The border crisis that anyone could have seen coming is finally here, thanks largely to the actions of the Biden administration over the past few months. It turns out that promising to roll back Trump-era immigration restrictions, signing a raft of executive orders to that effect, and then introducing a mass amnesty bill sends the message that if you can get across the U.S.-Mexico border, you can stay.
Plenty of families in Mexico and Central America have gotten the message. According to a recent report in the Washington Post, for the past four months U.S. Border Patrol has taken into custody more than 70,000 illegal immigrants a month—the most for this period in a decade.
A growing number of those are children. Since November, the number of minors in federal custody has tripled to 7,000 after the Biden administration decided it would stop expelling minors and teenagers apprehended at the border without their parents. One official from the Department of Health and Human Services told Axios on Thursday, “We’re seeing the highest February numbers than we’ve ever seen in the history of the [Unaccompanied Alien Child] program.”
To cope with the surge, the administration has had to re-open an emergency shelter in Carrizo Springs, Texas, that was last used during the 2019 border crisis. Back then, the Trump administration was condemned by Democrats and the corporate press for keeping “kids in cages.”
The cages are back, but now they’re being called “facilities.” White House Press Secretary Jen Psaki tried hard this week to spin the re-opening of the Texas facility as “absolutely not the same” as when the Trump administration used it. The emergency shelter is needed now, she said, because of COVID-19 precautions that require social distancing.
But that line is a dodge. At this rate, the administration is going to need emergency shelters like the one in Carrizo Springs with or without the pandemic, because the numbers are increasing fast. Just this week news broke that Border Patrol alone is holding more than 700 unaccompanied minors in federal custody. On Tuesday alone, more than 400 minors in Border Patrol custody were referred to shelters run by HHS.
Compare that to the 30-day referral average of 294 minors at the peak of the 2019 border crisis. You might recall that in May 2019, federal agents arrested 133,000 people crossing the southwest border illegally. More than 11,000 of these were unaccompanied minors.
Put another way, if Border Patrol continues to pick up unaccompanied minors north of the Rio Grande at this rate, a month from now we’ll have a much worse crisis on the border than we did in 2019.
Meanwhile, the administration seems disconnected from reality. Asked by Peter Doocy of Fox News about the Carrizo Springs facility, Psaki claimed it has been “revamped” and now has “medical facilities,” which is nonsense because it of course had medical facilities when it operated under the Trump administration, as all such shelters are required to have.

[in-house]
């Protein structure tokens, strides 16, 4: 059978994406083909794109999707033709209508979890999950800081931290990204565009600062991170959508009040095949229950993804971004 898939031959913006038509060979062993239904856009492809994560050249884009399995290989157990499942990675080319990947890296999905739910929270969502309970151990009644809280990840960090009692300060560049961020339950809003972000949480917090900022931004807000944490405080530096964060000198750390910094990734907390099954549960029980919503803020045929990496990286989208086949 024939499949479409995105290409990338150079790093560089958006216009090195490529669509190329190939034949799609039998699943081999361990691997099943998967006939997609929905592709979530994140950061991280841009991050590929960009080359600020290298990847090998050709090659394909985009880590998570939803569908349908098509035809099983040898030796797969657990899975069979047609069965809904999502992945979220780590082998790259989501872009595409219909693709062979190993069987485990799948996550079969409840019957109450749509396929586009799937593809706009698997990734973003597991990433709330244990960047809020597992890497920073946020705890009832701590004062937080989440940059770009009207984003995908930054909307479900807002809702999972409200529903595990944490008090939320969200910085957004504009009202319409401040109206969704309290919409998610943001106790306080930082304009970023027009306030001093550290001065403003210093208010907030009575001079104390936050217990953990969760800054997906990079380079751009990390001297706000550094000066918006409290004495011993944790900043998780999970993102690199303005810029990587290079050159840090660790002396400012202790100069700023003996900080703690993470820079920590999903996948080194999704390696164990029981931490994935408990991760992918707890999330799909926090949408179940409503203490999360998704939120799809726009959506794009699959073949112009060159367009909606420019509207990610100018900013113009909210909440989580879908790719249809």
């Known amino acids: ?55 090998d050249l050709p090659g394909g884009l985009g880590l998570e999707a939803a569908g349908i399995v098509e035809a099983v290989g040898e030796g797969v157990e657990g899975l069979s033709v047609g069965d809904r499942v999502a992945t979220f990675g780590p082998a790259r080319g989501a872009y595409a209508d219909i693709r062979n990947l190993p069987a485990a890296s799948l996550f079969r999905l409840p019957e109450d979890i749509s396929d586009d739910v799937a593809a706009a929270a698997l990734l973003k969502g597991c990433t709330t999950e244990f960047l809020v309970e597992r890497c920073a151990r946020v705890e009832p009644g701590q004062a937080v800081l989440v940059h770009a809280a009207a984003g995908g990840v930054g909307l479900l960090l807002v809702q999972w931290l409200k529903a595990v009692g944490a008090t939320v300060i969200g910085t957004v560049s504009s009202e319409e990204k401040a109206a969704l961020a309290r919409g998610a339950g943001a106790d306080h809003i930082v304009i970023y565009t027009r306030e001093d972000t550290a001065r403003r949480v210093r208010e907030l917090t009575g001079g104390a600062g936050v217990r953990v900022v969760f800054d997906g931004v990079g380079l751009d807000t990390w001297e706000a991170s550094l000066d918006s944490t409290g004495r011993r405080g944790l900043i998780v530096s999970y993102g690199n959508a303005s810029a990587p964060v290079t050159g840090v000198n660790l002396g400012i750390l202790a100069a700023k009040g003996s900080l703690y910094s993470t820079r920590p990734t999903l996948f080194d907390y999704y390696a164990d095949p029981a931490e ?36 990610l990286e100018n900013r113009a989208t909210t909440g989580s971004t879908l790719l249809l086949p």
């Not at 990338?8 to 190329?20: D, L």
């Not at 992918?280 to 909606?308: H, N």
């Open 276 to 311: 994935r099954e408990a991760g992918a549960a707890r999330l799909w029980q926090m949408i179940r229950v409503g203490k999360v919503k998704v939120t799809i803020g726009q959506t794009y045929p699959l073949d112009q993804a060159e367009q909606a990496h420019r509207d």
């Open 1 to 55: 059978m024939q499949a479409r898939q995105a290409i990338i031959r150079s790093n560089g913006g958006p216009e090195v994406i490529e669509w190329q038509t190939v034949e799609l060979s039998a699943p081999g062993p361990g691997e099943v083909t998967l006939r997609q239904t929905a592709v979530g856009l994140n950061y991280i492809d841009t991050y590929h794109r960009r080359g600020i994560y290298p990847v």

When questioned directly about why elsewhere on the border kids were being held in much cruder Border Patrol facilities, which Doocy noted consist of tents and chain-link fences, for longer than is allowed by federal law, in some cases four or five days, Psaki blamed the cold weather and power outages in Texas, and insisted the administration’s “objective” is to move these minors “as quickly as possible” into shelters run by the U.S. Department of Health and Human Services.
But that’s always the objective. No federal border official, whether under Trump or Biden, wants to house kids in unsuitable Border Patrol stations designed for short-term detention of adults. Yet that’s what’s going to happen, sooner than the White House seems to realize.
The immigration officials in charge of dealing with the coming border surge are more clear-eyed about what’s happening. On Tuesday, The Washington Times reported on internal emails from U.S. Immigration and Customs Enforcement Chief of Staff Timothy Perry, telling ICE leadership to “prepare for border surges now.”
Part of that preparation involves plans to transport illegal immigrants away from the border for processing and release in the interior of the country. Anything, it seems, to avoid images of families and children being held in overcrowded facilities. As Perry wrote in one email, “No fences.”
That might be difficult. As Axios reported late Thursday, border officials expect to have 13,000 unaccompanied children cross the border in May, far surpassing the totals at the height of the 2019 crisis. What Biden and the Democrats don’t quite grasp is that if you expect in February to have 13,000 kids crossing the border in May, the crisis is already here.